House Speaker Greg Stumbo has named two House members, one from each of the state’s major coalfields, to serve on a new task force the General Assembly created this year to review the impact of federal rules on Kentucky’s electricity costs and its reliability.
Those representing the House on the Federal Environmental Regulation Assessment Task Force are Rep. Jim Gooch, of Providence, the long-time chair of the House Natural Resources and Environment Committee; and Rep. Fitz Steele, of Hazard, who chairs the Budget Review Subcommittee on Economic Development and Tourism, Natural Resources and Environmental Protection.
“Both of these legislators have a true understanding of the importance coal plays in meeting our country’s energy needs, and both believe strongly, as I do, that undue interference from Washington has hindered our ability to provide affordable and reliable electricity,” Stumbo said.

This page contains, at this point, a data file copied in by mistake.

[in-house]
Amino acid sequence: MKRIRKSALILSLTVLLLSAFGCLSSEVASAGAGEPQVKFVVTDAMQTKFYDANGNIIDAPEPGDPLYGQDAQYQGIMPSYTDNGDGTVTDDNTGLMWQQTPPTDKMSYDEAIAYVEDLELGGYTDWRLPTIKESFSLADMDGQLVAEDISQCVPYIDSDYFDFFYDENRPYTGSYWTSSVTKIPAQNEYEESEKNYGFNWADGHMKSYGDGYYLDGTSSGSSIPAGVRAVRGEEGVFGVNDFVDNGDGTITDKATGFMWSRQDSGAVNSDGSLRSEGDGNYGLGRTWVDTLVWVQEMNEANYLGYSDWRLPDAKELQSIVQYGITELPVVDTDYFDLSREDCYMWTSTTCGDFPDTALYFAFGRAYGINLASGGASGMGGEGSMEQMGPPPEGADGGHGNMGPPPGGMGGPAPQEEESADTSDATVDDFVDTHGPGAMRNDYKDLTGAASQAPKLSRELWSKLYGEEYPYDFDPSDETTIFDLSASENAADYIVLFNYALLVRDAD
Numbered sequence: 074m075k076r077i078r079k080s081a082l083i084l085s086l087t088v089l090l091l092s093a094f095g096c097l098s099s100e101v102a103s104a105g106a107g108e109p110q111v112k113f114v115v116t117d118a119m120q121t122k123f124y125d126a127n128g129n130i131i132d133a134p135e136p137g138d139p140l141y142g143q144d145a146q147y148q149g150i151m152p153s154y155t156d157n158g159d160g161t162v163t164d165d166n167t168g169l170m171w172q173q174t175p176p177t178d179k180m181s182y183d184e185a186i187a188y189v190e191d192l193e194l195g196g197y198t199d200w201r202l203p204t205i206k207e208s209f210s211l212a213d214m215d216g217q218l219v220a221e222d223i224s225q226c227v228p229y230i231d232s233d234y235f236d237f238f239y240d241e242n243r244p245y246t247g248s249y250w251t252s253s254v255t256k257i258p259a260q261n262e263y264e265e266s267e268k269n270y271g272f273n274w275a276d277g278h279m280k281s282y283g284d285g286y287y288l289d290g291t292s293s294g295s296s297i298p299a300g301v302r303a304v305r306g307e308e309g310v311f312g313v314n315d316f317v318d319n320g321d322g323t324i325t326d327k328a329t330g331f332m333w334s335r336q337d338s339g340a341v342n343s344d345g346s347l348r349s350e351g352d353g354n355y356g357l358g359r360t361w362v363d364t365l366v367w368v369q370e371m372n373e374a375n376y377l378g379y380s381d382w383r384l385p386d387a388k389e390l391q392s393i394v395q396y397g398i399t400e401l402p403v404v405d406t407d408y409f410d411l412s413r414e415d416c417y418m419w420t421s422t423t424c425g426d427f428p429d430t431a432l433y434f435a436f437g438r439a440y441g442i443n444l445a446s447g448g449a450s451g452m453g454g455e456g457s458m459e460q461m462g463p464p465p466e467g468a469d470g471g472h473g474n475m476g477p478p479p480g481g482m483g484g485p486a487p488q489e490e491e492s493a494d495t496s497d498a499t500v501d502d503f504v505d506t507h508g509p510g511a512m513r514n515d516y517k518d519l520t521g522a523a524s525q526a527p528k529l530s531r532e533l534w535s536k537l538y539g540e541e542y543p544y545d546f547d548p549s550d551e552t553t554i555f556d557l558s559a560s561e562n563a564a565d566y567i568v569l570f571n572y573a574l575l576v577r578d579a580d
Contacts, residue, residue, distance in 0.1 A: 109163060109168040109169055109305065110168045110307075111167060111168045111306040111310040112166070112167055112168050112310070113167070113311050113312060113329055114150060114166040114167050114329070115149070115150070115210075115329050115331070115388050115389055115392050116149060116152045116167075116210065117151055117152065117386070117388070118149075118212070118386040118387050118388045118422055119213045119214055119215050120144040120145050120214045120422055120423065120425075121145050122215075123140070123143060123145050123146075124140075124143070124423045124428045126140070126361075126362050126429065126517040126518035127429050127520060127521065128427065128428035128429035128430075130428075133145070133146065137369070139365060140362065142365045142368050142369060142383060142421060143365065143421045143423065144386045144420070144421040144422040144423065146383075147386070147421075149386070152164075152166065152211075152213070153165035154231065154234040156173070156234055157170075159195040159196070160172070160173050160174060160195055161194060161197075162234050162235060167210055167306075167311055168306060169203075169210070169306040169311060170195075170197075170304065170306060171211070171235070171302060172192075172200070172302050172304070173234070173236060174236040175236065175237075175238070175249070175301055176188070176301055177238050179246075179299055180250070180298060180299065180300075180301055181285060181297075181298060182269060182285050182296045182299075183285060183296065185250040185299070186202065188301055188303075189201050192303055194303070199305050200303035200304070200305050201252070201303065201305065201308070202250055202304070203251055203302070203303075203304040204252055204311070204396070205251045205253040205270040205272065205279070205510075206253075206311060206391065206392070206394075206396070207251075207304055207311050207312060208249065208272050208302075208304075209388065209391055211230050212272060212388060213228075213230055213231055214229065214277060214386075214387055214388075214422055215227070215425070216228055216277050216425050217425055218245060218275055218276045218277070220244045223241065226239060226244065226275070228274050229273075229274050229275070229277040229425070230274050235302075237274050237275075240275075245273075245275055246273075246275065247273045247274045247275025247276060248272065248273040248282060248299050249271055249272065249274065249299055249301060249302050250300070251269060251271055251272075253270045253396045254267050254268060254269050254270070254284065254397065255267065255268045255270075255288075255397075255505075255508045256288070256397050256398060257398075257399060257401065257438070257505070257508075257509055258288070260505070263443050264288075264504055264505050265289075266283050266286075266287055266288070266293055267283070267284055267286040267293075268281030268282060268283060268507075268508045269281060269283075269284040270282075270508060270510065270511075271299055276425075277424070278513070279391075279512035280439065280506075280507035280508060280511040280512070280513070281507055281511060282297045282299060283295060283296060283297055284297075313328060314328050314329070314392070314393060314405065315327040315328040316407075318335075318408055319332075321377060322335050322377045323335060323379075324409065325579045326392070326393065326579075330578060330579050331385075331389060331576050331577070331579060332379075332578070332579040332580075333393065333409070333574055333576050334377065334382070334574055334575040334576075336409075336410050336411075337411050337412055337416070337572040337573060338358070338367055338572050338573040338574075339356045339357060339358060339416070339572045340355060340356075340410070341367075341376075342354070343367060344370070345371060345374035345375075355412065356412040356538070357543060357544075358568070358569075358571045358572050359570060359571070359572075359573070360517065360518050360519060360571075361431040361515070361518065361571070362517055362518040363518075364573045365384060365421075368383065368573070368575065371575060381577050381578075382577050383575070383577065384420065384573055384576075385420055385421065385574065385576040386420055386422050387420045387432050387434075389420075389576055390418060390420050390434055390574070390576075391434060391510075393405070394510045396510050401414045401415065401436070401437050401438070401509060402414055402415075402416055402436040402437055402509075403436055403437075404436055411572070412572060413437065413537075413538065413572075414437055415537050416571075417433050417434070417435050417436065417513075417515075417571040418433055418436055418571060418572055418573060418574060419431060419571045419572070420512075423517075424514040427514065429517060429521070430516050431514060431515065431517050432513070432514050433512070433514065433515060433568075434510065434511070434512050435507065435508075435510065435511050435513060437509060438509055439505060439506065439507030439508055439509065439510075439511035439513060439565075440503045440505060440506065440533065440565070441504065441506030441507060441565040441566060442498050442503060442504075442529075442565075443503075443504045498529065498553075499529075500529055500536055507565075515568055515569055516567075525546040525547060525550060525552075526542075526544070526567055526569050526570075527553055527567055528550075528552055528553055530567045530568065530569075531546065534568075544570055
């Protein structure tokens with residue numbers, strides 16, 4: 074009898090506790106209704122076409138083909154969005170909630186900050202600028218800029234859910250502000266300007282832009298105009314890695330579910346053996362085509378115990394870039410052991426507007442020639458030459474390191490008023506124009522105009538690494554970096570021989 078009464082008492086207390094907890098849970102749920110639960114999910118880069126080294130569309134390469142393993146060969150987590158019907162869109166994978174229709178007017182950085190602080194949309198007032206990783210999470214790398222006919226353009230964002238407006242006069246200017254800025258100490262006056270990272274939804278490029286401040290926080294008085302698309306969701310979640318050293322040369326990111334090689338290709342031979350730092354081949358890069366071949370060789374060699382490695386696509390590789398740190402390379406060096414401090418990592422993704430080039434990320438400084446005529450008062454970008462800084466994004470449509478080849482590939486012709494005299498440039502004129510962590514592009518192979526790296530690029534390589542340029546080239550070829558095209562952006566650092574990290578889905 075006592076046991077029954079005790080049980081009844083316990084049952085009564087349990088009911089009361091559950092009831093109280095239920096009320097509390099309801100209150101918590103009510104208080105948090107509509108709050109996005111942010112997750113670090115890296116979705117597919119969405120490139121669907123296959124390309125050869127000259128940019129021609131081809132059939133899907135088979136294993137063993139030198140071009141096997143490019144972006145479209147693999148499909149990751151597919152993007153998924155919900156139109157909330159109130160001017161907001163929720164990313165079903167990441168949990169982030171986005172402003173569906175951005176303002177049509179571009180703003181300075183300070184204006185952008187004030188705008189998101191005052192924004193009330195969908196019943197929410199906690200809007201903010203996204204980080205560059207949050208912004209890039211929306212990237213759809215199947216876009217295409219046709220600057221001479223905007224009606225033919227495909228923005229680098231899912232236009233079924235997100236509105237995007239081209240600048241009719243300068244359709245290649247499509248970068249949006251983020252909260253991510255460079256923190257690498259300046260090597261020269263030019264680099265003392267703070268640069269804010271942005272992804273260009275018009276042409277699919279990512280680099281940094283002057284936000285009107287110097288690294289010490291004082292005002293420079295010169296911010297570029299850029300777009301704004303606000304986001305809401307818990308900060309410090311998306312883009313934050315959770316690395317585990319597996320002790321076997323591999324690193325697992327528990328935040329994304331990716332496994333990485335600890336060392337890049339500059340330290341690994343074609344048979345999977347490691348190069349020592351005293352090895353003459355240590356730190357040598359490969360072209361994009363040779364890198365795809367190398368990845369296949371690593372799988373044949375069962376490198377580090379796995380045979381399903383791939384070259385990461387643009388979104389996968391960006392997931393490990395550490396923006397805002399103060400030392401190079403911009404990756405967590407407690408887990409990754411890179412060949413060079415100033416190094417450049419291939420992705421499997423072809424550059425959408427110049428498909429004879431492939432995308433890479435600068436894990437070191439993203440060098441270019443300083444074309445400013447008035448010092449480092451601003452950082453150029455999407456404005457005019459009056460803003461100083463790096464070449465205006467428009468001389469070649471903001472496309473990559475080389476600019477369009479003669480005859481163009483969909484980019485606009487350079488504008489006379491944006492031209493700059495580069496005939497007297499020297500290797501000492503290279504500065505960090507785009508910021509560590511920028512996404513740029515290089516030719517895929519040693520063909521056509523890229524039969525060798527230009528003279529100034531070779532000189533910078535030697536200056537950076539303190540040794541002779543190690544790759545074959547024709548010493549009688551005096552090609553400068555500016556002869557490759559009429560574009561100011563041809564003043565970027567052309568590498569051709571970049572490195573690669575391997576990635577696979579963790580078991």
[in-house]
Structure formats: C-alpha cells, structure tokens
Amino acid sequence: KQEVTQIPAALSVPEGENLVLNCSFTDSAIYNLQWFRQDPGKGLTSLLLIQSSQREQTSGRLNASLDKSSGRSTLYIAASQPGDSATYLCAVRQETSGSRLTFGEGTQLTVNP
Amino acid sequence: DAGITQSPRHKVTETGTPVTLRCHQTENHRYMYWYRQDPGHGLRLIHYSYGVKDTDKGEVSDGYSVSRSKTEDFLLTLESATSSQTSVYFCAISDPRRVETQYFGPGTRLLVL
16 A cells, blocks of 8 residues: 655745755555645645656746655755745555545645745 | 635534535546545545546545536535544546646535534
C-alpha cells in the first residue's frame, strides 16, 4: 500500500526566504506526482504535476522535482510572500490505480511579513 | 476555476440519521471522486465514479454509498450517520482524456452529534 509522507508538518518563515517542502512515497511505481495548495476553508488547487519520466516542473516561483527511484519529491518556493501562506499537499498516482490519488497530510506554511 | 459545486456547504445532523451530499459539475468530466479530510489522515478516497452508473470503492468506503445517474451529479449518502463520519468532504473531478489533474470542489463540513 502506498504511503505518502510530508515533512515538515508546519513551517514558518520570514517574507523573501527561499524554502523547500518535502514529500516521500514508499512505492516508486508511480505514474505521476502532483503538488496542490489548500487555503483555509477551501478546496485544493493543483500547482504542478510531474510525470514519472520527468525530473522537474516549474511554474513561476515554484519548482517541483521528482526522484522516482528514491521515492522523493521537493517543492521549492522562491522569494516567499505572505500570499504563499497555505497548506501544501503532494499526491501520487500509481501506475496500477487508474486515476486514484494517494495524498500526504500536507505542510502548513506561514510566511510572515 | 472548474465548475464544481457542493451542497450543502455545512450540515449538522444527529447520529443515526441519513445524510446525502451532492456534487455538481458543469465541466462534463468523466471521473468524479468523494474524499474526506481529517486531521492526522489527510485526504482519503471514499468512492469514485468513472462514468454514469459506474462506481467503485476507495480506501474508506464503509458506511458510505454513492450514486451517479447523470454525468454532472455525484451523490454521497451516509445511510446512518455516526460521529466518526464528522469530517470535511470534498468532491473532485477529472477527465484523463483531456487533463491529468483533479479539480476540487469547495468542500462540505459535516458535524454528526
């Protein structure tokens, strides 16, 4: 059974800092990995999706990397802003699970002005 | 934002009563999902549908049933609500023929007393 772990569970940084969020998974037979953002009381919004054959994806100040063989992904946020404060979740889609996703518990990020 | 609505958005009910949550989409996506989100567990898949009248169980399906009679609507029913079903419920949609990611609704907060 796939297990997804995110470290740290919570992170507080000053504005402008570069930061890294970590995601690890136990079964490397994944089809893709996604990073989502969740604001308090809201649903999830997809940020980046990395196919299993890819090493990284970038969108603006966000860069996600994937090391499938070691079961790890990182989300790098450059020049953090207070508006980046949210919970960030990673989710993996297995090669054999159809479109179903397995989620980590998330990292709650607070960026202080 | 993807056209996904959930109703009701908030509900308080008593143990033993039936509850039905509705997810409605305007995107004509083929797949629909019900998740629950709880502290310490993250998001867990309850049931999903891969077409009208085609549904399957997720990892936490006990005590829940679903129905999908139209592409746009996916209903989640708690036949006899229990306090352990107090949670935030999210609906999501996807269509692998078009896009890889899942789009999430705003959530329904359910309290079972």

“This task force will give us the data we need to fully understand just how much of a negative impact these federal rules have had on our electricity costs,” said Gooch, who sponsored the resolution authorizing the task force and is the task force’s co-chair. “I’m looking forward to taking this challenge on.”
“I’m proud to serve as a member, because I believe Kentuckians deserve to fully know just how much these federal rule changes have hurt them and their budgets,” Steele said. “It’s not just those of us who have suffered because of steep cuts in coal production.”
The General Assembly authorized the 22-member task force earlier this year by overwhelmingly voting for House Concurrent Resolution 168.
The resolution noted that, “during the past eight years, the United States Environmental Protection Agency has issued rules and regulations that have adversely impacted many industries through the over-reaching regulation of air, water and land.”
It later added that, between 2008 and 2013, Kentucky has lost more than 30 percent of coal jobs and 37 percent of power plant jobs.
A report from the task force—which also includes representatives from other government and quasi-government agencies, those in the fossil fuel industry and other consumer advocates—is due by the end of 2016.